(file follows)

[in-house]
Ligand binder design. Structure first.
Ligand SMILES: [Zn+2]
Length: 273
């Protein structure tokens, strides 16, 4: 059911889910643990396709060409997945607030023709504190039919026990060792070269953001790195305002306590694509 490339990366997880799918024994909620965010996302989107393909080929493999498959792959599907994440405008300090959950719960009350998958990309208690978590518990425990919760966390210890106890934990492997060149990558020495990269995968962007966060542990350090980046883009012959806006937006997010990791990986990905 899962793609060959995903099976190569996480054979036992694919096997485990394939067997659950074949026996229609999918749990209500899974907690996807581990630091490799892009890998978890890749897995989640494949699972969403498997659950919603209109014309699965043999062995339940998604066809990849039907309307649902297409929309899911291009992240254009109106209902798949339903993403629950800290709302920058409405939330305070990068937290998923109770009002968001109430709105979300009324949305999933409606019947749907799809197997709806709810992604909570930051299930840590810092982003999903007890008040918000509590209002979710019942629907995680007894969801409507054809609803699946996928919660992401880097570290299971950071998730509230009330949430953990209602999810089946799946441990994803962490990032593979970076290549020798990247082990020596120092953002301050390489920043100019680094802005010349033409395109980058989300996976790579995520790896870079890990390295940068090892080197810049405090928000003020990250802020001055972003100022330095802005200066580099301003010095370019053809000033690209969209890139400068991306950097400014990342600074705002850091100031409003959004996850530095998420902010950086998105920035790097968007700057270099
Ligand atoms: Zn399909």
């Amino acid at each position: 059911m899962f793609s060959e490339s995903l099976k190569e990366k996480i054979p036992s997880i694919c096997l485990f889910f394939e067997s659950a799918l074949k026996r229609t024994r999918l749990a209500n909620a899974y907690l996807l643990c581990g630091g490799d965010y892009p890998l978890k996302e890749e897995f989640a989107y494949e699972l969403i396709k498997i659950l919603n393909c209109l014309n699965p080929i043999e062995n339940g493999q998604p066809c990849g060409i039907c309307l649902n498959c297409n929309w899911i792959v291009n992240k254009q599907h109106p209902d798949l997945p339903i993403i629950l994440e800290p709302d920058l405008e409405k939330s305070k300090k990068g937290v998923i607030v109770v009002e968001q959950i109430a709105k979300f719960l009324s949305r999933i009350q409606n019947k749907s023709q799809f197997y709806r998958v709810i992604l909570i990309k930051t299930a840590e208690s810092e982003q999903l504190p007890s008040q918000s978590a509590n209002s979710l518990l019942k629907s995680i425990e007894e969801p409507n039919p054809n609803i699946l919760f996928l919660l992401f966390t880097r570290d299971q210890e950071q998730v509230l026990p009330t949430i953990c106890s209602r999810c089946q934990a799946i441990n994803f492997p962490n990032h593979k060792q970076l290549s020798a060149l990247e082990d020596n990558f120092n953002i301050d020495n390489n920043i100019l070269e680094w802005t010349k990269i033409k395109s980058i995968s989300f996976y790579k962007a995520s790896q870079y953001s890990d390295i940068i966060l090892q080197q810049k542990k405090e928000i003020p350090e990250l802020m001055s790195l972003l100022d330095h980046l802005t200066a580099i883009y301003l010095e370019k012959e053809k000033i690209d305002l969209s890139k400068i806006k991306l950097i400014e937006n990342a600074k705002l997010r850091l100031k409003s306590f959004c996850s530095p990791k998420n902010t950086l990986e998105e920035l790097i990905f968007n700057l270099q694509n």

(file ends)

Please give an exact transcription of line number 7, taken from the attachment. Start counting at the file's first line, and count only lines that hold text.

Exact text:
């Amino acid at each position: 059911m899962f793609s060959e490339s995903l099976k190569e990366k996480i054979p036992s997880i694919c096997l485990f889910f394939e067997s659950a799918l074949k026996r229609t024994r999918l749990a209500n909620a899974y907690l996807l643990c581990g630091g490799d965010y892009p890998l978890k996302e890749e897995f989640a989107y494949e699972l969403i396709k498997i659950l919603n393909c209109l014309n699965p080929i043999e062995n339940g493999q998604p066809c990849g060409i039907c309307l649902n498959c297409n929309w899911i792959v291009n992240k254009q599907h109106p209902d798949l997945p339903i993403i629950l994440e800290p709302d920058l405008e409405k939330s305070k300090k990068g937290v998923i607030v109770v009002e968001q959950i109430a709105k979300f719960l009324s949305r999933i009350q409606n019947k749907s023709q799809f197997y709806r998958v709810i992604l909570i990309k930051t299930a840590e208690s810092e982003q999903l504190p007890s008040q918000s978590a509590n209002s979710l518990l019942k629907s995680i425990e007894e969801p409507n039919p054809n609803i699946l919760f996928l919660l992401f966390t880097r570290d299971q210890e950071q998730v509230l026990p009330t949430i953990c106890s209602r999810c089946q934990a799946i441990n994803f492997p962490n990032h593979k060792q970076l290549s020798a060149l990247e082990d020596n990558f120092n953002i301050d020495n390489n920043i100019l070269e680094w802005t010349k990269i033409k395109s980058i995968s989300f996976y790579k962007a995520s790896q870079y953001s890990d390295i940068i966060l090892q080197q810049k542990k405090e928000i003020p350090e990250l802020m001055s790195l972003l100022d330095h980046l802005t200066a580099i883009y301003l010095e370019k012959e053809k000033i690209d305002l969209s890139k400068i806006k991306l950097i400014e937006n990342a600074k705002l997010r850091l100031k409003s306590f959004c996850s530095p990791k998420n902010t950086l990986e998105e920035l790097i990905f968007n700057l270099q694509n």